DIY progress

DIY continues at a steady pace. There’s a door sized niche in the wall behind the sofa in the living room. We’d been wondering what purpose it served. Anyway, whatever it was, I didn’t want it there. I have grand plans for a ‘photo wall’ on which to display my pictures, so I dismantled the niche this week (it was blocked off with wood) and it turns out that it did indeed once be a door. Now it has a floor to ceiling waste pipe in the middle. I felt slightly less guilty about blocking it off having acquired this new knowledge. So, I put some wood up and have plastered over it. However, I doubt the resilience of my blocked off wall. It bends when you poke it. I’m hoping the top layer of plaster will harden it a bit and make it less of a flexible wall!

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First plastering attempt of my Flexiwall! I hasten to add, there will be a top coat of plaster!

I made some headway in the Scorpion Den / Cantina this week as well and cleared out several bin liners of stuff. There’s nothing in there now that I don’t know about (I inherited a mass of junk) so at least that’s a decent start. It does need a lot more work though. I need to clear out the Snake Pit too (this is a little room under the steps to get into the house which has the water stopcock. If any of you remember Indiana Jones and the Temple of Doom, it resembles the hidden passage that the leading lady finds in her room but hopefully without the booby trap skeletons). I do not want to clear out the Snake Pit even slightly. However, the neighbour has said that it needs to be done otherwise turning the water on and off will be even more traumatic than it already is.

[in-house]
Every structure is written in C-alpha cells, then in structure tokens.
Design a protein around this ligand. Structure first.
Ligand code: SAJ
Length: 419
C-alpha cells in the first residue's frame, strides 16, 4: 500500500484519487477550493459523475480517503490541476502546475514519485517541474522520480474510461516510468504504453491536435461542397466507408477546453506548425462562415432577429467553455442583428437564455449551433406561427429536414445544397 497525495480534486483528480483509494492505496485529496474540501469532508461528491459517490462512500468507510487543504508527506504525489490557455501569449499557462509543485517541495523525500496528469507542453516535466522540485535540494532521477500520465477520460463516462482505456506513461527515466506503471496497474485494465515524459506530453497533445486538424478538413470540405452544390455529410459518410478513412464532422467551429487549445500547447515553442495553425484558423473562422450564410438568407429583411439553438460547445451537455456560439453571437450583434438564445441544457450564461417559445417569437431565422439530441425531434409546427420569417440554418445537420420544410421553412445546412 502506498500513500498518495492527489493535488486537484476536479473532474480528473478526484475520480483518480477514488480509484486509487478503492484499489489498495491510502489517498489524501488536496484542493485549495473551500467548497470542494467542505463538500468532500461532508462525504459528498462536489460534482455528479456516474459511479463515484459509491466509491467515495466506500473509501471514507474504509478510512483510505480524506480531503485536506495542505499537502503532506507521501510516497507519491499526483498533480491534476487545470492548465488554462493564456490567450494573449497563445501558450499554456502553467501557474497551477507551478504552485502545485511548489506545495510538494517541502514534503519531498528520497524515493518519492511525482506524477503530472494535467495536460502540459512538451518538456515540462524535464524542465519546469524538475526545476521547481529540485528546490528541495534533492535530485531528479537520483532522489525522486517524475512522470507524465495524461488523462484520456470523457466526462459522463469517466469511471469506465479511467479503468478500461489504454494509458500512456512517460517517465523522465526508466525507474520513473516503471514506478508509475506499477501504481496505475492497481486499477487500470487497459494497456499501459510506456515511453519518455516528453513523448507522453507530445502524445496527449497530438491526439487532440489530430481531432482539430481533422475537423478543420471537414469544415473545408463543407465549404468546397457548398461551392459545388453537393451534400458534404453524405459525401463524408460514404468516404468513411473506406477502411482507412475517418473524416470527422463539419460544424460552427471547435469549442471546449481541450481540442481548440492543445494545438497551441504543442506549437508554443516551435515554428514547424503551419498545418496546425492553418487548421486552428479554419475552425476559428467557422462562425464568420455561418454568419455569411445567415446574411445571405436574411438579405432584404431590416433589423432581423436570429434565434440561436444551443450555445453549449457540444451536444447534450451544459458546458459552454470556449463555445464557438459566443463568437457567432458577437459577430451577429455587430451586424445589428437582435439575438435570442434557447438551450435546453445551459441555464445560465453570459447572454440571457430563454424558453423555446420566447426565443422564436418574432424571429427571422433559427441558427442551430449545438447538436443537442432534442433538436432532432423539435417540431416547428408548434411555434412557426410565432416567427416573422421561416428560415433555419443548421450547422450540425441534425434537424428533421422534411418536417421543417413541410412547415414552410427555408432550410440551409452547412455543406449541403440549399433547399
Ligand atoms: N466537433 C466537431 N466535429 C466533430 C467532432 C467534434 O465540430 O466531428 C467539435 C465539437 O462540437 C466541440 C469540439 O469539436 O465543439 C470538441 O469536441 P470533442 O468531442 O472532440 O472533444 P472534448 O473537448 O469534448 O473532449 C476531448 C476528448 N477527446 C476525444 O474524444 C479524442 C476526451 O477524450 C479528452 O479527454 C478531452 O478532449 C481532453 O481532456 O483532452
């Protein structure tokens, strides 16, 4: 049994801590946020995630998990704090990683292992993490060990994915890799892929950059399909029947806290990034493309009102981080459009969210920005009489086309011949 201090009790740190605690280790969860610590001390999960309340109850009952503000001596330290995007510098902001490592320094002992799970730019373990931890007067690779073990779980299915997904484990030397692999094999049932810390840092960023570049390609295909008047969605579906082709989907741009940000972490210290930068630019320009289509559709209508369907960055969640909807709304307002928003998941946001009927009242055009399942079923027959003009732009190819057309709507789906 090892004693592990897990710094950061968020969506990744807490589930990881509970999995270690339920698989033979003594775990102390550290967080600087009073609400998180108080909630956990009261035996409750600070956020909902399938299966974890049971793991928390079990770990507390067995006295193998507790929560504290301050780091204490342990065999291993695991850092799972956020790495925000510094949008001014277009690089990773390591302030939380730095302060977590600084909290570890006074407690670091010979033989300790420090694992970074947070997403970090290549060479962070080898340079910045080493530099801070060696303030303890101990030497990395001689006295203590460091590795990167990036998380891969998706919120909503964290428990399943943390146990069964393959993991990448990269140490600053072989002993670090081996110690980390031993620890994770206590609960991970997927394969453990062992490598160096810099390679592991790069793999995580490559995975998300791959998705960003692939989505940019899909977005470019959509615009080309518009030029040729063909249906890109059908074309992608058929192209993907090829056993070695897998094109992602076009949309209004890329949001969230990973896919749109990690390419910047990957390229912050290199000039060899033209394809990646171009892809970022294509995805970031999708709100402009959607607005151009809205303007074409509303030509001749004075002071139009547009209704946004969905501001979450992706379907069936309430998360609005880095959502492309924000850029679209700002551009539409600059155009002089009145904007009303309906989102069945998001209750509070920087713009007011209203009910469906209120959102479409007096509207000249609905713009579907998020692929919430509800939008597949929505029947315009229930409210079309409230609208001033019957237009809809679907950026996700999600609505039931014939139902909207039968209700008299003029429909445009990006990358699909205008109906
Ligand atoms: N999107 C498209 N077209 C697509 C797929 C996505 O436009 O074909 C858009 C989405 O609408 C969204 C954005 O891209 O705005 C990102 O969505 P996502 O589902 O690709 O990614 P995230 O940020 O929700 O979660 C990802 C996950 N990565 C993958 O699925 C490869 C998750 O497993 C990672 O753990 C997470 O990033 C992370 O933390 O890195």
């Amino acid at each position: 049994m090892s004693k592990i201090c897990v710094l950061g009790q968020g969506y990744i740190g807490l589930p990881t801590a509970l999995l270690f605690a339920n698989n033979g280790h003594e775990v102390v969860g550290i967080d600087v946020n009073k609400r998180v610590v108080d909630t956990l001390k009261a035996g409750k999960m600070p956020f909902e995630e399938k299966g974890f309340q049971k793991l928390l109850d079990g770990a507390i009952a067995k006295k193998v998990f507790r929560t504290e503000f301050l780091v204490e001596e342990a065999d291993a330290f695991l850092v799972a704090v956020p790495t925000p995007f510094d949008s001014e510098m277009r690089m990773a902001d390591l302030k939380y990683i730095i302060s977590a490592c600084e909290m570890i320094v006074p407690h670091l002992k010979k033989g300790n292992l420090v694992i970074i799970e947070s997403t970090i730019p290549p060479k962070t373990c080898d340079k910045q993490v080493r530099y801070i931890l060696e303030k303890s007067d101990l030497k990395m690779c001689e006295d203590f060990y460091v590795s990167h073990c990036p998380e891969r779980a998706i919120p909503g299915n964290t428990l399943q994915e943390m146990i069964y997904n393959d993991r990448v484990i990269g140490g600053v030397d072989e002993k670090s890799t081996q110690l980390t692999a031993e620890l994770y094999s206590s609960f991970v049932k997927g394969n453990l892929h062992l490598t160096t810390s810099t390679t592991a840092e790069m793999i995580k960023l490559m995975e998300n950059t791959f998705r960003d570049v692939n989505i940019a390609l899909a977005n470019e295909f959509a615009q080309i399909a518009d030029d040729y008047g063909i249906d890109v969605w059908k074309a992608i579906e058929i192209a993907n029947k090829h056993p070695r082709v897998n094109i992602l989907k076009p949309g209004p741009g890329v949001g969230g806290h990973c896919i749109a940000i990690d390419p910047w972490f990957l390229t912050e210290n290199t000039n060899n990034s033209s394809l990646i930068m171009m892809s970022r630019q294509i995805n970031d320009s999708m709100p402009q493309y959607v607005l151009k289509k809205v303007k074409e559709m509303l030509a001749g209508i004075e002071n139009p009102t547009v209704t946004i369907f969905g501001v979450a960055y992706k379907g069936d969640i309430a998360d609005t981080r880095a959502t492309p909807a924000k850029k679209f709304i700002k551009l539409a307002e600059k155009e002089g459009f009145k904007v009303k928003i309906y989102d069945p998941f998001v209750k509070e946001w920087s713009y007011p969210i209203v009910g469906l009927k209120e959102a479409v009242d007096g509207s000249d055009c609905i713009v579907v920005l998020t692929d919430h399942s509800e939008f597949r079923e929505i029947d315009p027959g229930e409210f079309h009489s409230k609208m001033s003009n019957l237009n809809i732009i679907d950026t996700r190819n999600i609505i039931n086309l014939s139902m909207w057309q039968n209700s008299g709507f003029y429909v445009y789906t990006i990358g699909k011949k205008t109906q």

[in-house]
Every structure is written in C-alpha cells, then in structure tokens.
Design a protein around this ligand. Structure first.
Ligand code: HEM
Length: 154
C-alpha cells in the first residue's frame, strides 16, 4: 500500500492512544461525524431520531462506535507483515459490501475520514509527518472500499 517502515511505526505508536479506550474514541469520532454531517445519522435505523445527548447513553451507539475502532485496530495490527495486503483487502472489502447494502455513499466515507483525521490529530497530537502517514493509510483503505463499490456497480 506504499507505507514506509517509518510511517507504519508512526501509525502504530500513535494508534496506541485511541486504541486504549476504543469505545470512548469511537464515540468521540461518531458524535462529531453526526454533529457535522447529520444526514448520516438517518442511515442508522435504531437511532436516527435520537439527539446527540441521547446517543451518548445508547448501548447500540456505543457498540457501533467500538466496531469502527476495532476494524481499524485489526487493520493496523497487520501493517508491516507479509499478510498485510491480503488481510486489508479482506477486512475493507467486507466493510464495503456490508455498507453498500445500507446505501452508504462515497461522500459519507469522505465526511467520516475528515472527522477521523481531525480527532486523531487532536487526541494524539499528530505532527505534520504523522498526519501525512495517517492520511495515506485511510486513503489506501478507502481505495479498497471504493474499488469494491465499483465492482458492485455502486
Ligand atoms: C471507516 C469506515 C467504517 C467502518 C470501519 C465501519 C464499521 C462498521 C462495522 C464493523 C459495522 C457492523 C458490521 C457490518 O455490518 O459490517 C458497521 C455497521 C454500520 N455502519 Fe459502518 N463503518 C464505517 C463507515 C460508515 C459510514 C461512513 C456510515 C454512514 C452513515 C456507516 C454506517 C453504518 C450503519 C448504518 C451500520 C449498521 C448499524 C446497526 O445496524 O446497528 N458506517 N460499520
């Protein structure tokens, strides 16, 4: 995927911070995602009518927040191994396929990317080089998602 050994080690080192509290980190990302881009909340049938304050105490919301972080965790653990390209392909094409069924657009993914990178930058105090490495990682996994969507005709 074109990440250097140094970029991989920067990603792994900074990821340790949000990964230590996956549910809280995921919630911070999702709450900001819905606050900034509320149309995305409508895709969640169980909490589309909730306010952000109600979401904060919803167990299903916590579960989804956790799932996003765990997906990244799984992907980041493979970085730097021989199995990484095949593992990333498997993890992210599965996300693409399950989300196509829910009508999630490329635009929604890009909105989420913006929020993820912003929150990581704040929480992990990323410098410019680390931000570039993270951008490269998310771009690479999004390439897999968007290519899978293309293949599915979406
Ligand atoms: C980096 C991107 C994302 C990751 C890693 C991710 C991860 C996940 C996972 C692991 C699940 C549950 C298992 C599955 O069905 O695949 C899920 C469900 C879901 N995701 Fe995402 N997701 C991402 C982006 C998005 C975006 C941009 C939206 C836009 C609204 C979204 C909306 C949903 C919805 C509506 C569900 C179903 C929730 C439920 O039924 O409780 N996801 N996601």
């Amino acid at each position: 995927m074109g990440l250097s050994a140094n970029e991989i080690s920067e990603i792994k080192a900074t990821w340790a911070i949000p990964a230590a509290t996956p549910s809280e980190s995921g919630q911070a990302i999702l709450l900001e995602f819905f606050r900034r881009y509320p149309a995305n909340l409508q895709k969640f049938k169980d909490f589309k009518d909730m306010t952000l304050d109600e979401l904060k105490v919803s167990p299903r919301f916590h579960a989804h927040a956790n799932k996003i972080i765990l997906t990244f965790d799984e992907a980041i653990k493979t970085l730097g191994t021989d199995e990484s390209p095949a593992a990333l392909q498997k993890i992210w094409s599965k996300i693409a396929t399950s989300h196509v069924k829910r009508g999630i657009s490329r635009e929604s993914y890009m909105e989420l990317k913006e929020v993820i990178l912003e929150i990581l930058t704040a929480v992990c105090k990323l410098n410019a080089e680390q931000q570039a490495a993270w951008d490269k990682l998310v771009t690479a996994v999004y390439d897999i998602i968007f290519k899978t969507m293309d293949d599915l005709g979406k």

I also painted the bathroom ceiling because it was all flaking off. After prodding the flaky bits, whole chunks of plaster came off too so I’ve had to do a bit of plastering there as well. As soon as I had finished painting, the paint started flaking again.  I think I have a special “anti-paint” ceiling.

And finally, I have constructed a garden masterpiece out of some old bricks, a sink and a Christmas tree.

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Just what every garden dreams of… The bricks are occasionally moved around the back garden because I don’t want to get rid of them in case we want to build something with them in the front garden. And the sink is impossible to move so I think it’ll be a permanent fixture!

Art

In other breaking news this week, I’ve made the heaviest object known to mankind. I found a round wooden table top downstairs in the cantina and have stuck a mirror onto it and used up most of my sea-glass as a mosaic around it. I think it looks quite good but I can’t take a picture of it that shows it at its best as I can’t actually move it from the floor so I’m going to leave that photo out until I can somehow get it hung. I think I’ll have to get a crane.

Property of the week – Church of the “Madonna di Loreto”

I walk past this church regularly on some of my favourite walks from Sarnano – it’s in a beautiful location and right next to a waterfall. Here’s a picture and some information, both taken from the Presitigious Building website which has more photos of a stunningly painted inside as well as other properties in the area.

Madonna di loretto

The church of the “Madonna di Loreto” was  constructed in the XV century by the “wool guild” constituted by craftsman of the textile, weaving texture and colouring cloth mill.